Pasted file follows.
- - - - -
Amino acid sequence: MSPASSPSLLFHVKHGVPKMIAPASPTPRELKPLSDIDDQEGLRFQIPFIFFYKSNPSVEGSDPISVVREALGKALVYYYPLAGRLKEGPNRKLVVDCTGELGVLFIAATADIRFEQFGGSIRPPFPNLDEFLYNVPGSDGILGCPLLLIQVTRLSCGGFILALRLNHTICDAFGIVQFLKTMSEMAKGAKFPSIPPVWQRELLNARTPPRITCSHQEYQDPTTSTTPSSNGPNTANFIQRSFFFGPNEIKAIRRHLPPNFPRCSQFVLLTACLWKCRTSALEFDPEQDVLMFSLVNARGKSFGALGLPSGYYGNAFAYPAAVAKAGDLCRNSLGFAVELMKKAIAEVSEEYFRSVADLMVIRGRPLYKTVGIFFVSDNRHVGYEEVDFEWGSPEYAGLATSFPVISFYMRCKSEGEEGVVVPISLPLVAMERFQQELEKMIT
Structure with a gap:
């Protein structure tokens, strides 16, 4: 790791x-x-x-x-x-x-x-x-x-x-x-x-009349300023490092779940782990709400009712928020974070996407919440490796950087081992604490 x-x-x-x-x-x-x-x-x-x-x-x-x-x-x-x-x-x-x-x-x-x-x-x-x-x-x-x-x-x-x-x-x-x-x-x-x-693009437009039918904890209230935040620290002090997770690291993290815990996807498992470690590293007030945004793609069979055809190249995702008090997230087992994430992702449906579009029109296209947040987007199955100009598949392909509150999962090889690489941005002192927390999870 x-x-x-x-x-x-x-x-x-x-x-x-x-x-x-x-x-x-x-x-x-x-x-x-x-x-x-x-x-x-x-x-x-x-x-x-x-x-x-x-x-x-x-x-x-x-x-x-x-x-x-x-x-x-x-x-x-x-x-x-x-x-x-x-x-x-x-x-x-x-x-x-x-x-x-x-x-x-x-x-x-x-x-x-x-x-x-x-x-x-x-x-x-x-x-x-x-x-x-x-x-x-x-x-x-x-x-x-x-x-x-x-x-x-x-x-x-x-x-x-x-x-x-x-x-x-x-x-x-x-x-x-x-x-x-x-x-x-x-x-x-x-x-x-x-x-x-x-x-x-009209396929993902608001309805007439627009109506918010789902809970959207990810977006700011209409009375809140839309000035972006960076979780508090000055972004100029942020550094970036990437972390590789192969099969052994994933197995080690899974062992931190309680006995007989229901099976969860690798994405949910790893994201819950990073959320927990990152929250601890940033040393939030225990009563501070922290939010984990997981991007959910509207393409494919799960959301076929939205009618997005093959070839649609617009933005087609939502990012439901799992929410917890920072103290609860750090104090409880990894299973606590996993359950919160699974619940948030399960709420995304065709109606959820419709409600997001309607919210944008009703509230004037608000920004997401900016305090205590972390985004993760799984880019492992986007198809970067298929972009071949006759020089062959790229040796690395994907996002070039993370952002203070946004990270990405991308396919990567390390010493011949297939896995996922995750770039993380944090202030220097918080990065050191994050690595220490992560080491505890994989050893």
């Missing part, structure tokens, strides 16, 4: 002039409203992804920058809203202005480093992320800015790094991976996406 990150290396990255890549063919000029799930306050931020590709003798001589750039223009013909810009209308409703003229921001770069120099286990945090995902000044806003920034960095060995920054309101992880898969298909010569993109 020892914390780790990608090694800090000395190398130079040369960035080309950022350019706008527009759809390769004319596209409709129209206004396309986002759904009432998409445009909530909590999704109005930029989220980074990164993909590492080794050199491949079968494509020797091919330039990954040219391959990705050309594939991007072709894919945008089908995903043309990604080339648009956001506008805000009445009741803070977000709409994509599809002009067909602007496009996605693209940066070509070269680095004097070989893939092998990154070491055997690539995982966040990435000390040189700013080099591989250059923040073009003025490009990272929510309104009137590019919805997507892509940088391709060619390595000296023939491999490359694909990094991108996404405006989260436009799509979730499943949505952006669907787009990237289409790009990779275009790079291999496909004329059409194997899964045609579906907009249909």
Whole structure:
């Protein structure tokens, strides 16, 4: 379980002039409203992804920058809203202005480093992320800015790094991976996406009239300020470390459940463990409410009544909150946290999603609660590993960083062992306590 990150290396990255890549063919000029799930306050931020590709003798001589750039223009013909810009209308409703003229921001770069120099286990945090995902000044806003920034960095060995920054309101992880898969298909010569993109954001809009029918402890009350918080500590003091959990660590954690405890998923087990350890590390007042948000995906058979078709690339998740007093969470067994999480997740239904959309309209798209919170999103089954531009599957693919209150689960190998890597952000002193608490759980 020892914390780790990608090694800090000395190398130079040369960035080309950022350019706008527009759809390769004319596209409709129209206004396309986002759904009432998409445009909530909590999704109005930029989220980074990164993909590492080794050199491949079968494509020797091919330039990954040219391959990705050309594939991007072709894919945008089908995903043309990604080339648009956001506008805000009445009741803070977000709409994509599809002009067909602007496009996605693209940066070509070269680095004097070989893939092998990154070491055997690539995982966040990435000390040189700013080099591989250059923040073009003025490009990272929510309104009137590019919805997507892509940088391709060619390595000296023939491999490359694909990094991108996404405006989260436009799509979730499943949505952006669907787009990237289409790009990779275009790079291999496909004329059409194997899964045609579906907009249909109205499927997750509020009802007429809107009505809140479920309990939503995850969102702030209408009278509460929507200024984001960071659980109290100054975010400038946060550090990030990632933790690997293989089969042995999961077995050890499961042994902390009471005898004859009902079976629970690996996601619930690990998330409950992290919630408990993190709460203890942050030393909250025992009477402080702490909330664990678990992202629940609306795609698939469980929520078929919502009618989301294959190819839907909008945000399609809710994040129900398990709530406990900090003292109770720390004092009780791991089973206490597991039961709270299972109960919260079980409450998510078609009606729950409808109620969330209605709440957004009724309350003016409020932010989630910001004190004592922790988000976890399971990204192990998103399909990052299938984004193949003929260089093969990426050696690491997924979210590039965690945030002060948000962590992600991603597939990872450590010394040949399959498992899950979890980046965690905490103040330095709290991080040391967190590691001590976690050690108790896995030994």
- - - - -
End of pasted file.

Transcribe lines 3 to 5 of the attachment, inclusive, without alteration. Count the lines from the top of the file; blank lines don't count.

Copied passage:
């Protein structure tokens, strides 16, 4: 790791x-x-x-x-x-x-x-x-x-x-x-x-009349300023490092779940782990709400009712928020974070996407919440490796950087081992604490 x-x-x-x-x-x-x-x-x-x-x-x-x-x-x-x-x-x-x-x-x-x-x-x-x-x-x-x-x-x-x-x-x-x-x-x-x-693009437009039918904890209230935040620290002090997770690291993290815990996807498992470690590293007030945004793609069979055809190249995702008090997230087992994430992702449906579009029109296209947040987007199955100009598949392909509150999962090889690489941005002192927390999870 x-x-x-x-x-x-x-x-x-x-x-x-x-x-x-x-x-x-x-x-x-x-x-x-x-x-x-x-x-x-x-x-x-x-x-x-x-x-x-x-x-x-x-x-x-x-x-x-x-x-x-x-x-x-x-x-x-x-x-x-x-x-x-x-x-x-x-x-x-x-x-x-x-x-x-x-x-x-x-x-x-x-x-x-x-x-x-x-x-x-x-x-x-x-x-x-x-x-x-x-x-x-x-x-x-x-x-x-x-x-x-x-x-x-x-x-x-x-x-x-x-x-x-x-x-x-x-x-x-x-x-x-x-x-x-x-x-x-x-x-x-x-x-x-x-x-x-x-x-x-009209396929993902608001309805007439627009109506918010789902809970959207990810977006700011209409009375809140839309000035972006960076979780508090000055972004100029942020550094970036990437972390590789192969099969052994994933197995080690899974062992931190309680006995007989229901099976969860690798994405949910790893994201819950990073959320927990990152929250601890940033040393939030225990009563501070922290939010984990997981991007959910509207393409494919799960959301076929939205009618997005093959070839649609617009933005087609939502990012439901799992929410917890920072103290609860750090104090409880990894299973606590996993359950919160699974619940948030399960709420995304065709109606959820419709409600997001309607919210944008009703509230004037608000920004997401900016305090205590972390985004993760799984880019492992986007198809970067298929972009071949006759020089062959790229040796690395994907996002070039993370952002203070946004990270990405991308396919990567390390010493011949297939896995996922995750770039993380944090202030220097918080990065050191994050690595220490992560080491505890994989050893």
């Missing part, structure tokens, strides 16, 4: 002039409203992804920058809203202005480093992320800015790094991976996406 990150290396990255890549063919000029799930306050931020590709003798001589750039223009013909810009209308409703003229921001770069120099286990945090995902000044806003920034960095060995920054309101992880898969298909010569993109 020892914390780790990608090694800090000395190398130079040369960035080309950022350019706008527009759809390769004319596209409709129209206004396309986002759904009432998409445009909530909590999704109005930029989220980074990164993909590492080794050199491949079968494509020797091919330039990954040219391959990705050309594939991007072709894919945008089908995903043309990604080339648009956001506008805000009445009741803070977000709409994509599809002009067909602007496009996605693209940066070509070269680095004097070989893939092998990154070491055997690539995982966040990435000390040189700013080099591989250059923040073009003025490009990272929510309104009137590019919805997507892509940088391709060619390595000296023939491999490359694909990094991108996404405006989260436009799509979730499943949505952006669907787009990237289409790009990779275009790079291999496909004329059409194997899964045609579906907009249909």
Whole structure: